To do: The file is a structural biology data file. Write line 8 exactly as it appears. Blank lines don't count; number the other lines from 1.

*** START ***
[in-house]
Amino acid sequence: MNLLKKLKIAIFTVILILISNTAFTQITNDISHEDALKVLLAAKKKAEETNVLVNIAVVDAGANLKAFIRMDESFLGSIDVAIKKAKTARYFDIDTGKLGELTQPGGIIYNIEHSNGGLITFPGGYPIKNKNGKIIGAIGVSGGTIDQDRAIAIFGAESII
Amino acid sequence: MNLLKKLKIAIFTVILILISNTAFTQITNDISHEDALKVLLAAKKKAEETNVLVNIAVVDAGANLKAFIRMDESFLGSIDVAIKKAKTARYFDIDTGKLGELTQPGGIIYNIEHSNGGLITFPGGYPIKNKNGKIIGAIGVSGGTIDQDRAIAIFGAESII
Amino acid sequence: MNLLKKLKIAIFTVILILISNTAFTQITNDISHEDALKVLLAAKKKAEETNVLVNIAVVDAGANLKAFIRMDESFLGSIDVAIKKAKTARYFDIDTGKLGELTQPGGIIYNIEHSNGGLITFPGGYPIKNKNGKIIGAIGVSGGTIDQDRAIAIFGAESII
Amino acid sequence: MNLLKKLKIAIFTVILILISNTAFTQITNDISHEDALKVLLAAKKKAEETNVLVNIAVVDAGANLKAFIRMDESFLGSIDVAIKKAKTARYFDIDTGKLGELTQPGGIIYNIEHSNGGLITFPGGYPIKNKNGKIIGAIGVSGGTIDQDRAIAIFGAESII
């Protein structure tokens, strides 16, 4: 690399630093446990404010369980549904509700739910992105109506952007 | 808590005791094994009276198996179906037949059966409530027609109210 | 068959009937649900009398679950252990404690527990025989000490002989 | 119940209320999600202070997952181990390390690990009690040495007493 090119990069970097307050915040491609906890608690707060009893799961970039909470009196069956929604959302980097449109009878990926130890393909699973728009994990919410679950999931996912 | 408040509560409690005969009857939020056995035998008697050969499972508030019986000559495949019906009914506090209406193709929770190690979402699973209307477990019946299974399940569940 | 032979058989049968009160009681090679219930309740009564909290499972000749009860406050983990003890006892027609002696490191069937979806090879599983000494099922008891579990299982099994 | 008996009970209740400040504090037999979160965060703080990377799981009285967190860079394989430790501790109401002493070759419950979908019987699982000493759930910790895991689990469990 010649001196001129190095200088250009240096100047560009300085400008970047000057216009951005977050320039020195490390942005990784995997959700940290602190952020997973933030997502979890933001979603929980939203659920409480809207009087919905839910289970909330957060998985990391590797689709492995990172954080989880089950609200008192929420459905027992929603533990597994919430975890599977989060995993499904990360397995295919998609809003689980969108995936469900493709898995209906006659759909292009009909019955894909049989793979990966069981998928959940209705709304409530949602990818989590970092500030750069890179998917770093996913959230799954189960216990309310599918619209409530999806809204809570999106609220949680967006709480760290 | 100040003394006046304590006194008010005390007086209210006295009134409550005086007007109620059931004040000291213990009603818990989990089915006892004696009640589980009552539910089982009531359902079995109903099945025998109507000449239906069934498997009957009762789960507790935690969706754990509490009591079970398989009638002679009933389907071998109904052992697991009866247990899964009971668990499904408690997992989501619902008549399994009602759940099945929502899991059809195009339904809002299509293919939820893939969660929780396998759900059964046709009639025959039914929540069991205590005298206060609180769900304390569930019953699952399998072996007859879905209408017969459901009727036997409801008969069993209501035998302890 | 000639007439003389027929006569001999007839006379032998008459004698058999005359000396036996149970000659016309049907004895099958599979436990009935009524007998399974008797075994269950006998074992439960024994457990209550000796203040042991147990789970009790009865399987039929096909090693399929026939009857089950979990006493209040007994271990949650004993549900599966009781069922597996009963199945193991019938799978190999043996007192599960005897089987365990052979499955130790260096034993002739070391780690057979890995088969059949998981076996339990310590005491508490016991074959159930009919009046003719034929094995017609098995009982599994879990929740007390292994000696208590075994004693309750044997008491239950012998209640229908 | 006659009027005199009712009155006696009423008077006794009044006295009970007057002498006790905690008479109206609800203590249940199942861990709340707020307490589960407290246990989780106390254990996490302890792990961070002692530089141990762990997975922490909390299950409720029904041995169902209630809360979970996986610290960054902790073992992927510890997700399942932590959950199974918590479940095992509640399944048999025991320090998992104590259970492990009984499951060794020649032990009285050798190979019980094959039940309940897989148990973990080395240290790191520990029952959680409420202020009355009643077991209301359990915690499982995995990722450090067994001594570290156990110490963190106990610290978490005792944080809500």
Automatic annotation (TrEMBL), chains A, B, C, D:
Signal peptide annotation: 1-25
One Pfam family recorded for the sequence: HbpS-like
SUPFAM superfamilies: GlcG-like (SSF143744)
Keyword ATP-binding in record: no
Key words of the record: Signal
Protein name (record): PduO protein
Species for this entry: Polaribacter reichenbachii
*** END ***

Signal peptide annotation: 1-25